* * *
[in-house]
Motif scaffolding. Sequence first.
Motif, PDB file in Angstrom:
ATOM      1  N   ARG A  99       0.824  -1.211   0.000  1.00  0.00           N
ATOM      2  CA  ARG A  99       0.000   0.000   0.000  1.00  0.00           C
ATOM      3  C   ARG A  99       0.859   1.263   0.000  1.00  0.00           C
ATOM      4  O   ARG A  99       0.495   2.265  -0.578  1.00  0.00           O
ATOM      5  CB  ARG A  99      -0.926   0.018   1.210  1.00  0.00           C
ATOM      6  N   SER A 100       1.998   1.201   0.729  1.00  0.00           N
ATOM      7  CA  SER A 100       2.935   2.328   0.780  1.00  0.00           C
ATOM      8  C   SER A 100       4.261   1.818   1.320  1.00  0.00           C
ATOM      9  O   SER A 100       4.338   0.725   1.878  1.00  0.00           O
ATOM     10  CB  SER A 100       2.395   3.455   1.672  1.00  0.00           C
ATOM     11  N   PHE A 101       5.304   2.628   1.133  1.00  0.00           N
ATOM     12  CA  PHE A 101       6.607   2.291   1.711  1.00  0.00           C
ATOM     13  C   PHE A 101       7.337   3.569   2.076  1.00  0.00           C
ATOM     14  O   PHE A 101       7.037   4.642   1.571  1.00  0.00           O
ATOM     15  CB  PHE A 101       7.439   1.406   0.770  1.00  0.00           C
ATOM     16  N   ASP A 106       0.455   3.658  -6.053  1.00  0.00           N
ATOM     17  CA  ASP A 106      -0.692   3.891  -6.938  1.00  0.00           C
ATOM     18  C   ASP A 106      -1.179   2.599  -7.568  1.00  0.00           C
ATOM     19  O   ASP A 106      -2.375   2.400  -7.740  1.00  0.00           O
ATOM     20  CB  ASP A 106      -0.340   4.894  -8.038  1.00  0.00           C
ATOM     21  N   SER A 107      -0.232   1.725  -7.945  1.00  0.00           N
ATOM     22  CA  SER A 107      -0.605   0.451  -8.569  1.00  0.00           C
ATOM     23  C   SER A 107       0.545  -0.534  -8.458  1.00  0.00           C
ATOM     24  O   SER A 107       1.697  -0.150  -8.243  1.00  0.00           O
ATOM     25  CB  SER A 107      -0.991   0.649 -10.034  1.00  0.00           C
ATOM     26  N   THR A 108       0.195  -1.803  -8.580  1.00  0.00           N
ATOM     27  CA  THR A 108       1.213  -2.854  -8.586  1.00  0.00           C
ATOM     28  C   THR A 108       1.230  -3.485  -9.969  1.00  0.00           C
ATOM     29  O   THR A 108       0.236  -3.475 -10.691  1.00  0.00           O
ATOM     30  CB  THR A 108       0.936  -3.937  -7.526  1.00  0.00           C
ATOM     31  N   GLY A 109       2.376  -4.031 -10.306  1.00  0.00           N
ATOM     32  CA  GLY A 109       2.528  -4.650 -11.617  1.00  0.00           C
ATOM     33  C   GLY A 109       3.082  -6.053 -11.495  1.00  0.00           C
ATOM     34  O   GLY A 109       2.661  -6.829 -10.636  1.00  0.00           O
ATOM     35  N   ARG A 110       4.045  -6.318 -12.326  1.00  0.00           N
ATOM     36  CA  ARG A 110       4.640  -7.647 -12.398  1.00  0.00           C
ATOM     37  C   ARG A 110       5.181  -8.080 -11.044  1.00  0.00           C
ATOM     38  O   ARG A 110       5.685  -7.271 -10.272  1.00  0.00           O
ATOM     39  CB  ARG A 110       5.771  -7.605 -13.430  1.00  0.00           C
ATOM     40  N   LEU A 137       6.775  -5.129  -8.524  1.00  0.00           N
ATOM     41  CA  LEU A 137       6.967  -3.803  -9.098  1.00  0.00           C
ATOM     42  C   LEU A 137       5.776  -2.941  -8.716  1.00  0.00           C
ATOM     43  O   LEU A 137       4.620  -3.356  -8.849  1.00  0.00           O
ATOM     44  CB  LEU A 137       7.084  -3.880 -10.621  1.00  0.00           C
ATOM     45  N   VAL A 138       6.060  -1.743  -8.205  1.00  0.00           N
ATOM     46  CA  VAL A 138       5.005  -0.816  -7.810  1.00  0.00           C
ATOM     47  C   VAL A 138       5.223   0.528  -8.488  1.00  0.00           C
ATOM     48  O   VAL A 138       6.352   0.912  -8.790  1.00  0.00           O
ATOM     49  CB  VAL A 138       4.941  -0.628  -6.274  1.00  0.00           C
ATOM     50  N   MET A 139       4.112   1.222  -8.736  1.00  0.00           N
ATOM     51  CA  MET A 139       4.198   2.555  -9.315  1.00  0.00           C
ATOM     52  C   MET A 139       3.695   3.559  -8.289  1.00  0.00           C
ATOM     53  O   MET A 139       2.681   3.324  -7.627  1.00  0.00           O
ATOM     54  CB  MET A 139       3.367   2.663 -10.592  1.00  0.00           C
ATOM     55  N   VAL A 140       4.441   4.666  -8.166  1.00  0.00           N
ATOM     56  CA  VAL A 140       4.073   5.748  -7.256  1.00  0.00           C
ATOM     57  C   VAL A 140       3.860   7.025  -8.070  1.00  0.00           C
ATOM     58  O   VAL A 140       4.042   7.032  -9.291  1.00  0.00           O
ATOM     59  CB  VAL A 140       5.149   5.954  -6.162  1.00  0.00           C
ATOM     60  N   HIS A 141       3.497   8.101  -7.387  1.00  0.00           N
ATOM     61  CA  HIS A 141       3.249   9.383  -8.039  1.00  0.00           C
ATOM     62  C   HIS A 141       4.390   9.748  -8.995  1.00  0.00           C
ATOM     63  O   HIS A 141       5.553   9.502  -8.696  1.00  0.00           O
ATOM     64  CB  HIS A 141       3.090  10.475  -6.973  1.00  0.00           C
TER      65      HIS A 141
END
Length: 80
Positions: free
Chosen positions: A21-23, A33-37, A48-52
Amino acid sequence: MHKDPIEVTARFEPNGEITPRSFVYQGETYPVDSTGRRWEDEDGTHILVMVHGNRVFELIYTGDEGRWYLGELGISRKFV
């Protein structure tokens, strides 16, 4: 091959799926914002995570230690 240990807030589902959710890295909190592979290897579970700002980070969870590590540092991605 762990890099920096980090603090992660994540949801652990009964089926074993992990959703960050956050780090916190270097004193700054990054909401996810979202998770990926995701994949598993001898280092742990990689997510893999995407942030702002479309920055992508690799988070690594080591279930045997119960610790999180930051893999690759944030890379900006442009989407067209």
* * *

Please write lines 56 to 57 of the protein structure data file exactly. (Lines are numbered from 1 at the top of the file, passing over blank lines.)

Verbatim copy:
ATOM     53  O   MET A 139       2.681   3.324  -7.627  1.00  0.00           O
ATOM     54  CB  MET A 139       3.367   2.663 -10.592  1.00  0.00           C